Poyang Lake is seeing more droughts than previously recorded, which have affected irrigation and water levels. To address these issues, Jiangxi provincial government announced in November 2016 its plans for a 13 billion-yuan (US$1.8b) water conservancy project on the lake.
The announcement drew mixed responses among experts. Debate sparked once again on March 24, 2020 when Jiangxi government said it would speed up construction of the project. In a public letter, Zhou wrote: “The project is highly likely to ruin the most important habitat for migratory water birds in China and even in the world.”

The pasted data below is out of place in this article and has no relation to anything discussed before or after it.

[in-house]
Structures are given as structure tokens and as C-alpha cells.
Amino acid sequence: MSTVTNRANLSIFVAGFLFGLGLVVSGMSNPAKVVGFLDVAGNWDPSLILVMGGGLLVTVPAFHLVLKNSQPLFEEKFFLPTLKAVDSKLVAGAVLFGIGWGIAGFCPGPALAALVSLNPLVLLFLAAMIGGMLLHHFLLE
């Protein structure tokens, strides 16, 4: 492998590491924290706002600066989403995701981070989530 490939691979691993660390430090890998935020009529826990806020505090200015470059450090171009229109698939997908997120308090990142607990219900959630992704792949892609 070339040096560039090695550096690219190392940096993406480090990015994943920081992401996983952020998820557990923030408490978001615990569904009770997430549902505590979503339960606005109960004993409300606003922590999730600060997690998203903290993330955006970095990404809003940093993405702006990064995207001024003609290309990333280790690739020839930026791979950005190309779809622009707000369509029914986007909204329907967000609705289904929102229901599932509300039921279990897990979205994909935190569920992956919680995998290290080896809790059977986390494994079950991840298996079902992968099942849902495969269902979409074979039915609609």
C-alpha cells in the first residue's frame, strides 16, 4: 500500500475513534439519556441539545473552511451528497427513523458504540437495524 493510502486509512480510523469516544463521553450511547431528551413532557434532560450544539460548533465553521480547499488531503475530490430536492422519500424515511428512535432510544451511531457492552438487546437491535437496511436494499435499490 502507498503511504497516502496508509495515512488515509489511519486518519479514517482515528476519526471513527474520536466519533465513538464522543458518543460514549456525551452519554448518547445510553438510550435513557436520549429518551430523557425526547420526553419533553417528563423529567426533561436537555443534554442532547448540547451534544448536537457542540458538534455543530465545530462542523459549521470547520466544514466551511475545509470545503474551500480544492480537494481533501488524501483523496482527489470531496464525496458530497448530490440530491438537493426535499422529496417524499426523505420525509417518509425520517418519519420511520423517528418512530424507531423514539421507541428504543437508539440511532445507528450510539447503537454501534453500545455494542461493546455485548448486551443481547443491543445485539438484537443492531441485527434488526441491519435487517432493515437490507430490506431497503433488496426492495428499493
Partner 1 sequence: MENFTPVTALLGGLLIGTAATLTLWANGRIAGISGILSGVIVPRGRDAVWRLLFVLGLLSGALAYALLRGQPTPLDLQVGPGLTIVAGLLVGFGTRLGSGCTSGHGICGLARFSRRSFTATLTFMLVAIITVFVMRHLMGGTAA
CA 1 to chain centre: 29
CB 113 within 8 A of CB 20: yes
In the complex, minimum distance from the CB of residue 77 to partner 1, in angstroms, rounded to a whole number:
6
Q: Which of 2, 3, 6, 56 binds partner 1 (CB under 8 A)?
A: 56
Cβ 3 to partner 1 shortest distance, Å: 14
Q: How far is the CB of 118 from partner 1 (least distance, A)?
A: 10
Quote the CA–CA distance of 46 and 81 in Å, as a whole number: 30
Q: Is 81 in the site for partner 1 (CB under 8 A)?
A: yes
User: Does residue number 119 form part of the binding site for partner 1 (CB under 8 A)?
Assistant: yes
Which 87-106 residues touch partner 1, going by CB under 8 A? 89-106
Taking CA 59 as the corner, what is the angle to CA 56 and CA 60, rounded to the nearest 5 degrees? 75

On May 11, volunteers noticed No. 419’s tracking device had not shown any movement for days. Zhou asked volunteers in Tongliao to check it out. They found the crane was still alive and well in Tongliao. On May 12, Zhou was happy to learn that “Gun Survivor” had arrived safe and sound in Yakutia, Siberia.
That afternoon, No. 419 flew to the Tumuji National Nature Reserve, Inner Mongolia Autonomous Region. Zhou said the reserve is the only area where she does not need to rely on farms for food since leaving the Huanzidong Wetlands. It took No. 419 a total of 35 days to fly from Poyang Lake to Tumuji, a distance of roughly 2,000 kilometers.
“She’s still more than 3,000 kilometers away from Siberia,” Zhou said. “She will fly north alone without the help of volunteers.”